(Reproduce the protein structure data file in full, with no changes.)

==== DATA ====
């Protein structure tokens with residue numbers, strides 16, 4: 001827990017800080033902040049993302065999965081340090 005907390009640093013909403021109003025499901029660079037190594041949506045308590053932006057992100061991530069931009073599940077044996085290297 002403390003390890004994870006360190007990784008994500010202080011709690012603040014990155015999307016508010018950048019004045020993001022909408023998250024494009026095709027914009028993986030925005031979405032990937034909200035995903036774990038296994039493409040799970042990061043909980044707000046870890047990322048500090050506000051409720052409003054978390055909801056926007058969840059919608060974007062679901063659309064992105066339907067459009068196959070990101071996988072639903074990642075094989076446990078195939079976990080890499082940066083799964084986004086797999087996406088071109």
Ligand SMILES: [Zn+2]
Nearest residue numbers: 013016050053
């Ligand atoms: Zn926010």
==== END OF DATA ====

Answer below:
């Protein structure tokens with residue numbers, strides 16, 4: 001827990017800080033902040049993302065999965081340090 005907390009640093013909403021109003025499901029660079037190594041949506045308590053932006057992100061991530069931009073599940077044996085290297 002403390003390890004994870006360190007990784008994500010202080011709690012603040014990155015999307016508010018950048019004045020993001022909408023998250024494009026095709027914009028993986030925005031979405032990937034909200035995903036774990038296994039493409040799970042990061043909980044707000046870890047990322048500090050506000051409720052409003054978390055909801056926007058969840059919608060974007062679901063659309064992105066339907067459009068196959070990101071996988072639903074990642075094989076446990078195939079976990080890499082940066083799964084986004086797999087996406088071109």
Ligand SMILES: [Zn+2]
Nearest residue numbers: 013016050053
């Ligand atoms: Zn926010």